## Fun Stuff

### Paul Tillich

Quotes of the Day - Fri, 10/10/2014 - 7:00pm
"Cynically speaking, one could say that it is true to life to be cynical about it."
Categories: Fun Stuff

### Ann Landers

Quotes of the Day - Fri, 10/10/2014 - 7:00pm
"Television has proved that people will look at anything rather than each other."
Categories: Fun Stuff

### Tom Lehrer

Quotes of the Day - Fri, 10/10/2014 - 7:00pm
"On my income tax 1040 it says 'Check this box if you are blind.' I wanted to put a check mark about three inches away."
Categories: Fun Stuff

### clerisy

Merriam-Webster's Word of the Day - Fri, 10/10/2014 - 1:00am

Merriam-Webster's Word of the Day for October 10, 2014 is:

clerisy • \KLAIR-uh-see\  • noun
: intellectuals who form an artistic, social, or political vanguard or elite: intelligentsia

Examples:
The book's author claims that a successful society must have both a strong commitment to democratic ideals and a well-established clerisy.

"The situation was so dire that it required nothing less than scientific experts freed from constitutional strictures to run the government and the elevation of intellectuals and artists to the status of a new cultural clerisy." — Daniel DiSalvo, The Washington Times, February 18, 2014

Did you know?
English philosopher-poet Samuel Taylor Coleridge (1772-1834) believed that if humanity was to flourish, it was necessary to create a secular organization of learned individuals, "whether poets, or philosophers, or scholars" to "diffuse through the whole community … that quantity and quality of knowledge which was indispensable." Coleridge named this hypothetical group the clerisy, a term he adapted from Klerisei, a German word for clergy (in preference, it seems, to the Russian term intelligentsia which we borrowed later, in the early 1900s). Coleridge may have equated clerisy with an old sense of clergy meaning "learning" or "knowledge," which by his time was used only in the proverb "an ounce of mother wit is worth a pound of clergy."

Categories: Fun Stuff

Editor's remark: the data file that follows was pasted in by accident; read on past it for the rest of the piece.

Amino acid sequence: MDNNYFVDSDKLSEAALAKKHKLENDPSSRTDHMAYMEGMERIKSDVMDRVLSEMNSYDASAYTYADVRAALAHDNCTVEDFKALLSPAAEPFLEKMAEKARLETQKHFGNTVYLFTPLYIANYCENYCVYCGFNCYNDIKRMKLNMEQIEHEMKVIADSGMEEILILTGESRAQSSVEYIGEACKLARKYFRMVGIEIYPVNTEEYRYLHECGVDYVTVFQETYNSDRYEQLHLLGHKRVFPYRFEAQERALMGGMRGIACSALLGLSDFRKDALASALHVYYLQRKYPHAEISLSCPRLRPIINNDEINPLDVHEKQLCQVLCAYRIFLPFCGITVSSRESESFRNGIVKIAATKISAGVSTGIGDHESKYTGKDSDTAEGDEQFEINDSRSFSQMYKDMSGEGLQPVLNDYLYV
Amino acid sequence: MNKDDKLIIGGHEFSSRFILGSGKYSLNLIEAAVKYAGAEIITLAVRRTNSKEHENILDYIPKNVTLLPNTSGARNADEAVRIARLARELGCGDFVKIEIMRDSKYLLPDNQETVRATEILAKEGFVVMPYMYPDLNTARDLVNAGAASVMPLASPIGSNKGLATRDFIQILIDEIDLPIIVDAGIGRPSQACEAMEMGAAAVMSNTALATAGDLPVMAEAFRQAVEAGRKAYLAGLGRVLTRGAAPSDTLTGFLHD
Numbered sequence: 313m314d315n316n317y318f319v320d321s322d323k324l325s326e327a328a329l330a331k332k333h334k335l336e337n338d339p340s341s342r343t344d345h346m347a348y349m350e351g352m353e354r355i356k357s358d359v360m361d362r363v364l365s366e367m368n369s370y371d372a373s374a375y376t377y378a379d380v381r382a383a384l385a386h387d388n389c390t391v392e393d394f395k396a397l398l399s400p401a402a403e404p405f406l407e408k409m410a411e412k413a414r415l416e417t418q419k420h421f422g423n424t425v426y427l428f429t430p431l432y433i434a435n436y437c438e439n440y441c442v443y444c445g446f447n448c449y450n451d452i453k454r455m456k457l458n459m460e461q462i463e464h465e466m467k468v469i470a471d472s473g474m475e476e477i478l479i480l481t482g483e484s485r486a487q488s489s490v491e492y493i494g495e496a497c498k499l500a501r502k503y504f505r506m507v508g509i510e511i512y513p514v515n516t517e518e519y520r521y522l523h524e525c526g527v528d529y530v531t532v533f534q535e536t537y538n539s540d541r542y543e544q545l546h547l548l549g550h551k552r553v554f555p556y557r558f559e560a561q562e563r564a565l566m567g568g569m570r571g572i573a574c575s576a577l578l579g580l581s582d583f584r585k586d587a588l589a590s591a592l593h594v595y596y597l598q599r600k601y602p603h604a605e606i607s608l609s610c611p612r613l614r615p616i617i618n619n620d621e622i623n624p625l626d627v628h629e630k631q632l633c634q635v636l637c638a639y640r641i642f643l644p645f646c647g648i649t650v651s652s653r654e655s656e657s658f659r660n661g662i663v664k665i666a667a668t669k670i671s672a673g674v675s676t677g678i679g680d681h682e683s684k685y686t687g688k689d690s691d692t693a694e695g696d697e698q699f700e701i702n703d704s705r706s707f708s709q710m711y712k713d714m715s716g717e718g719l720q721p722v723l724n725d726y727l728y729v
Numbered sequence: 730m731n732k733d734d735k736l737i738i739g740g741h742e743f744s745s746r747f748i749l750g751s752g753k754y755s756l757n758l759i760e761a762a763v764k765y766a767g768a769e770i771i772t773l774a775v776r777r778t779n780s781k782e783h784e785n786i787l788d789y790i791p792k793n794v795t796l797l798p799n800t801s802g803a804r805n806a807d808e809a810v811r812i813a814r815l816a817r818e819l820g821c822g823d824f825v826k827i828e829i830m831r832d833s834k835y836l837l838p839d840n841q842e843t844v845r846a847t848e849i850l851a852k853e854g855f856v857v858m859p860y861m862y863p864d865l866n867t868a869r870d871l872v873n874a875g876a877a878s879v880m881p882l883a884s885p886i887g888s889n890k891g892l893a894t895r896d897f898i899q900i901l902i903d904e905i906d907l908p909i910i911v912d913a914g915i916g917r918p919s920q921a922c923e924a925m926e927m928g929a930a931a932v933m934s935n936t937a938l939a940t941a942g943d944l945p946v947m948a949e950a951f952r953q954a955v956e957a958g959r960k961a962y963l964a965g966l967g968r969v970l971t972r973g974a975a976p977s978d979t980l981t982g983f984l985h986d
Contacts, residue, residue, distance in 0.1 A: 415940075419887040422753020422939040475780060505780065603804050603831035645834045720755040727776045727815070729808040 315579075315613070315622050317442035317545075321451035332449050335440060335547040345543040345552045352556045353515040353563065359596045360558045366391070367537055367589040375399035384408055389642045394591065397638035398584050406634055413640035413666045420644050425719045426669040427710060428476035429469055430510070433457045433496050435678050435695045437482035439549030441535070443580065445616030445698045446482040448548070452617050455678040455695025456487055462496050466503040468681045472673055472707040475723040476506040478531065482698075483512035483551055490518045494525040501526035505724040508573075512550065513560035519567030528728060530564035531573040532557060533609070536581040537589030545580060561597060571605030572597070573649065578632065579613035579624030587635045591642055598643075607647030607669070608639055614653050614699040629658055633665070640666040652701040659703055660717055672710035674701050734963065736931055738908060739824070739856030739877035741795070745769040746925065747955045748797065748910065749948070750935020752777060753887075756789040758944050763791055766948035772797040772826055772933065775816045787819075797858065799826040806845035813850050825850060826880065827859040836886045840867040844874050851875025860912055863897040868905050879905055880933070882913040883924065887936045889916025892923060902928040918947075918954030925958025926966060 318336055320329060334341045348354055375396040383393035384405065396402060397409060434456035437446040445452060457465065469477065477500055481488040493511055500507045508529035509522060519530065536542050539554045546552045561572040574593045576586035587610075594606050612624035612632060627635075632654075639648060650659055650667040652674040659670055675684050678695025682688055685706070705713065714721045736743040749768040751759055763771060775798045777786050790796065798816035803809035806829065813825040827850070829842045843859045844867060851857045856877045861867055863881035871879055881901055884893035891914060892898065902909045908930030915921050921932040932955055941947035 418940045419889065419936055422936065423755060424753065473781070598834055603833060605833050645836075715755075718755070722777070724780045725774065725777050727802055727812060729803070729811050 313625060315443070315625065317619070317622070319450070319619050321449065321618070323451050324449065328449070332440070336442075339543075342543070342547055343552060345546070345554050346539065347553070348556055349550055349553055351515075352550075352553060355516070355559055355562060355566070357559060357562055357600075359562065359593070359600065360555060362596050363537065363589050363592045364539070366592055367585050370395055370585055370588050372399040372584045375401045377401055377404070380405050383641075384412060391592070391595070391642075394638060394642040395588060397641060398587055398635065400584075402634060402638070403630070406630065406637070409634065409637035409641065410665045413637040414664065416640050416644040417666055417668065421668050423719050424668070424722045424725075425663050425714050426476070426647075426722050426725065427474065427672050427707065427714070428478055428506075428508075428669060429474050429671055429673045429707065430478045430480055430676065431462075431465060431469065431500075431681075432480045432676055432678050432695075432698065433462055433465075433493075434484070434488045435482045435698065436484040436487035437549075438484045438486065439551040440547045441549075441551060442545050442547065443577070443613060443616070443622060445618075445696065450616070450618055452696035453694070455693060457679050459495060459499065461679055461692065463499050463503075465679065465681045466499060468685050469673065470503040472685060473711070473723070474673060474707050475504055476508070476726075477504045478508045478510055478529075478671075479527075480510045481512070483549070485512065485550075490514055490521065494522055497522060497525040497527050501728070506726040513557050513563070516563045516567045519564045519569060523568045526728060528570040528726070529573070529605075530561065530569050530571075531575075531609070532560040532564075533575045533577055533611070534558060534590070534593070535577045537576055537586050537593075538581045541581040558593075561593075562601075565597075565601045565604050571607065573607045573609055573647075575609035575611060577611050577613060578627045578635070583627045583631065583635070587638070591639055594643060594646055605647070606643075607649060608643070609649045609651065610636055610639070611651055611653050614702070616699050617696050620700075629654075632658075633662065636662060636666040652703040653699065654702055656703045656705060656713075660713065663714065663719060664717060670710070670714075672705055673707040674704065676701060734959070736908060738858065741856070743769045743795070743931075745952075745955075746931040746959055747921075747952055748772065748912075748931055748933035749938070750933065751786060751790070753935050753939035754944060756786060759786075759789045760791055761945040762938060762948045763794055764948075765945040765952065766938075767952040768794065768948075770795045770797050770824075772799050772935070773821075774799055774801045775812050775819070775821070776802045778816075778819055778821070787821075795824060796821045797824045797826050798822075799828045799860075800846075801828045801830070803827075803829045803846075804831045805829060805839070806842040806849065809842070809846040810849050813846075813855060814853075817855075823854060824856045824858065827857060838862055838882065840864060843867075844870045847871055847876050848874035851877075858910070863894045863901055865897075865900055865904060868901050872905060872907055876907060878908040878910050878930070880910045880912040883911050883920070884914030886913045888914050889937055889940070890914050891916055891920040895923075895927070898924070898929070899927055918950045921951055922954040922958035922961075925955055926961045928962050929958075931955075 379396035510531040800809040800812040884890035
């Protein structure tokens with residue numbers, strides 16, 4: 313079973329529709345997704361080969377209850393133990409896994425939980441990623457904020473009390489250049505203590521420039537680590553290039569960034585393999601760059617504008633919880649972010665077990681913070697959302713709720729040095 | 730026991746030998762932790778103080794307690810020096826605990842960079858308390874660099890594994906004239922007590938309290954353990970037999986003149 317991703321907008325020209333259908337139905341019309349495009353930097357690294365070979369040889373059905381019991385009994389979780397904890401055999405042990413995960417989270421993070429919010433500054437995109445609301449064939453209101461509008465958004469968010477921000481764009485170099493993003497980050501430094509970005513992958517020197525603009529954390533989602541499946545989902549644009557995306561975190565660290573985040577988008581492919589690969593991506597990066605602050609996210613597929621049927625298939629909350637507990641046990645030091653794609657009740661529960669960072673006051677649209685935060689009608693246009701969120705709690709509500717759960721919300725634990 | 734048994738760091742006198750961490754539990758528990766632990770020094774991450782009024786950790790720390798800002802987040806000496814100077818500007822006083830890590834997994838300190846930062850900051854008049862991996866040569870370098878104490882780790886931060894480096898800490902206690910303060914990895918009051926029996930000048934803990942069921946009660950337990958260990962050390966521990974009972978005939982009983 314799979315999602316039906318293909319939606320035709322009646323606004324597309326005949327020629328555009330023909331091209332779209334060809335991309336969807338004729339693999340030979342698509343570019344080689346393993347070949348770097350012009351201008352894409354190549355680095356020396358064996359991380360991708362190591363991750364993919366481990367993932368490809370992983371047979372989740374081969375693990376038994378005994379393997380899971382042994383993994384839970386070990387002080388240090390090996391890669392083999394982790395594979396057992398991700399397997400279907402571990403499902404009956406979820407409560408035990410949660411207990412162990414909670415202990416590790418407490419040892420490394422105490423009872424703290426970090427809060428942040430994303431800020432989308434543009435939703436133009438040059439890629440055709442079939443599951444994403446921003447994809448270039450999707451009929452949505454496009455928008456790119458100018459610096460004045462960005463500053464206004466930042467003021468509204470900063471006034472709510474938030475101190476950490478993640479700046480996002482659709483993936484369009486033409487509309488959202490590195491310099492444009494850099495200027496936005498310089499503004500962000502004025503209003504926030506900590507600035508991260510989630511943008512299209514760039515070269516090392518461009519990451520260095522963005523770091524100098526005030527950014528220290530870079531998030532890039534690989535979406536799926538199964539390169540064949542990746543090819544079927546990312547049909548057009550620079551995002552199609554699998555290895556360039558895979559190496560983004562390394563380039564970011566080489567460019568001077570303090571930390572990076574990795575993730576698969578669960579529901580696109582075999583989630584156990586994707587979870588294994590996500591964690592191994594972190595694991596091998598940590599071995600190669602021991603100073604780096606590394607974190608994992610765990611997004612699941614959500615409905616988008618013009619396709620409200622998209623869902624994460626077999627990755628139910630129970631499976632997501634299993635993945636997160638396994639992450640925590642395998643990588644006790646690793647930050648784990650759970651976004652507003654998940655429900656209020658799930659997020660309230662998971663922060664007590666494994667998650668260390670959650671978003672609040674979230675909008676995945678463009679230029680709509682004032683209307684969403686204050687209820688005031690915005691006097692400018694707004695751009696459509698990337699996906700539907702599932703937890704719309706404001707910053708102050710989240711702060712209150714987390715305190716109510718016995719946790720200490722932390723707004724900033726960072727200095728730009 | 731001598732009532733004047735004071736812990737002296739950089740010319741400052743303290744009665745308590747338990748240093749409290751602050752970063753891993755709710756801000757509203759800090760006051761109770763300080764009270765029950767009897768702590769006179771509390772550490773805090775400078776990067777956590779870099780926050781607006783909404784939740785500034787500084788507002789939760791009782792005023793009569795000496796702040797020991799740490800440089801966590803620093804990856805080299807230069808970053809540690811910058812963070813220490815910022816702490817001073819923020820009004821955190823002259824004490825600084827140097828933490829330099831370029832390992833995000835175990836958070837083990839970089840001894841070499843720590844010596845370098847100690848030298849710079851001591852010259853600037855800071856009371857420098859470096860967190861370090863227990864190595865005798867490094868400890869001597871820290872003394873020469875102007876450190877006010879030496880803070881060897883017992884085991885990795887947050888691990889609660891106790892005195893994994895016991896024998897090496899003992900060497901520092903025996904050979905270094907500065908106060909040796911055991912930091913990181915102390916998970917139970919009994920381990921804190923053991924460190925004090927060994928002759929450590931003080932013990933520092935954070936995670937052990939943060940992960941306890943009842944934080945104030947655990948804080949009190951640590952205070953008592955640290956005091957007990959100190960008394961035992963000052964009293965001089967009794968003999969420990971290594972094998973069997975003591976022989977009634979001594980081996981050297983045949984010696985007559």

### October 10, 1985: Achille Lauro hijacking ends

This Day in History - Thu, 10/09/2014 - 11:00pm

The hijacking of the Italian cruise ship Achille Lauro reaches a dramatic climax when U.S. Navy F-14 fighters intercept an Egyptian airliner attempting to fly the Palestinian hijackers to freedom and force the jet to land at a NATO base in Sigonella, Sicily. American and Italian troops surrounded the plane, and the terrorists were taken into Italian custody.

On October 7, four heavily armed Palestinian terrorists hijacked the Achille Lauro in the Mediterranean Sea off the coast of Alexandria, Egypt. Some 320 crewmembers and 80 passengers, were taken hostage. Hundreds of other passengers had disembarked the cruise ship earlier that day to visit Cairo and tour the Egyptian pyramids. Identifying themselves as members of the Palestine Liberation Front--a Palestinian splinter group--the gunmen demanded the release of 50 Palestinian militants imprisoned in Israel. If their demands were not met, they threatened to blow up the ship and kill the 11 Americans on board. The next morning, they also threatened to kill the British passengers.

The Achille Lauro traveled to the Syrian port of Tartus, where the terrorists demanded negotiations on October 8. Syria refused to permit the ship to anchor in its waters, which prompted more threats from the hijackers. That afternoon, they shot and killed Leon Klinghoffer, a 69-year-old Jewish-American who was confined to a wheelchair as the result of a stroke. His body was then pushed overboard in the wheelchair.

Yasir Arafat's Palestine Liberation Organization (PLO) condemned the hijacking, and PLO officials joined with Egyptian authorities in attempting to resolve the crisis. On the recommendation of the negotiators, the cruise ship traveled to Port Said. On October 9, the hijackers surrendered to Egyptian authorities and freed the hostages in exchange for a pledge of safe passage to an undisclosed destination.